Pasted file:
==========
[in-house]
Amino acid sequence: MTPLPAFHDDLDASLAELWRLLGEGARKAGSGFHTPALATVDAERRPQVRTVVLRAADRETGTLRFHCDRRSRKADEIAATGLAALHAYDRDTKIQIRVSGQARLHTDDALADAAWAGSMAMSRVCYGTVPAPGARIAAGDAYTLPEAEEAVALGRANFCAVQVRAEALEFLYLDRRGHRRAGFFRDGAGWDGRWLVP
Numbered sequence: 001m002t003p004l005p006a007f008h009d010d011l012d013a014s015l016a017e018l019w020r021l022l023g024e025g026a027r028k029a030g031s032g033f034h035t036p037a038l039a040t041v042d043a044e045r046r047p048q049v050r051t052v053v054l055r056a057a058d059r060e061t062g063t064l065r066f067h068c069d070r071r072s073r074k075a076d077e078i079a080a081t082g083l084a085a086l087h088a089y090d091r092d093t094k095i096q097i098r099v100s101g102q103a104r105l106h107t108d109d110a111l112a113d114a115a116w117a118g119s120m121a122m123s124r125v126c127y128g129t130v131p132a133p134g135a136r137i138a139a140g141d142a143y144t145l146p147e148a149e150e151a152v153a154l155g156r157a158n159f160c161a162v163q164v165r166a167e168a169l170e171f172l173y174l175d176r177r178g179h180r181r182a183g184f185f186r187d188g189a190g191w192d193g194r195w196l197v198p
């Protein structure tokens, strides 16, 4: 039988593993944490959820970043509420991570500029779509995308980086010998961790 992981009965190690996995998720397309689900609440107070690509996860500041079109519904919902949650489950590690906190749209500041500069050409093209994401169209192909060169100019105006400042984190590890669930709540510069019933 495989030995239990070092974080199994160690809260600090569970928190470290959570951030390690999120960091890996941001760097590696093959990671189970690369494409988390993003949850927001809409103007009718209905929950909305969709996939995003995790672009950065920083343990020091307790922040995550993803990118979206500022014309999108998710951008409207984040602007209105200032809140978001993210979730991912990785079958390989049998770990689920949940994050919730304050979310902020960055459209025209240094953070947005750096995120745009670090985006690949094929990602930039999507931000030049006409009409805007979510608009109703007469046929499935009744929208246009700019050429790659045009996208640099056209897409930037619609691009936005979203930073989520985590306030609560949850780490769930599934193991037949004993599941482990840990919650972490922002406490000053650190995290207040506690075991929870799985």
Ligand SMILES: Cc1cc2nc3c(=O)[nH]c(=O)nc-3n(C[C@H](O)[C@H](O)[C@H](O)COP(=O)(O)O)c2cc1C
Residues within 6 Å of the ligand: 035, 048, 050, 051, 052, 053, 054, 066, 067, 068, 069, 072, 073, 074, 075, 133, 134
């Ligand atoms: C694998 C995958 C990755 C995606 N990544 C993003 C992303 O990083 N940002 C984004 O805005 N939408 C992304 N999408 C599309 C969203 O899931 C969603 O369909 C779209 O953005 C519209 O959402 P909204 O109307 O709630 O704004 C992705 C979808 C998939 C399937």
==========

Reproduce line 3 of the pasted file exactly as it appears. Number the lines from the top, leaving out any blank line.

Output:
Numbered sequence: 001m002t003p004l005p006a007f008h009d010d011l012d013a014s015l016a017e018l019w020r021l022l023g024e025g026a027r028k029a030g031s032g033f034h035t036p037a038l039a040t041v042d043a044e045r046r047p048q049v050r051t052v053v054l055r056a057a058d059r060e061t062g063t064l065r066f067h068c069d070r071r072s073r074k075a076d077e078i079a080a081t082g083l084a085a086l087h088a089y090d091r092d093t094k095i096q097i098r099v100s101g102q103a104r105l106h107t108d109d110a111l112a113d114a115a116w117a118g119s120m121a122m123s124r125v126c127y128g129t130v131p132a133p134g135a136r137i138a139a140g141d142a143y144t145l146p147e148a149e150e151a152v153a154l155g156r157a158n159f160c161a162v163q164v165r166a167e168a169l170e171f172l173y174l175d176r177r178g179h180r181r182a183g184f185f186r187d188g189a190g191w192d193g194r195w196l197v198p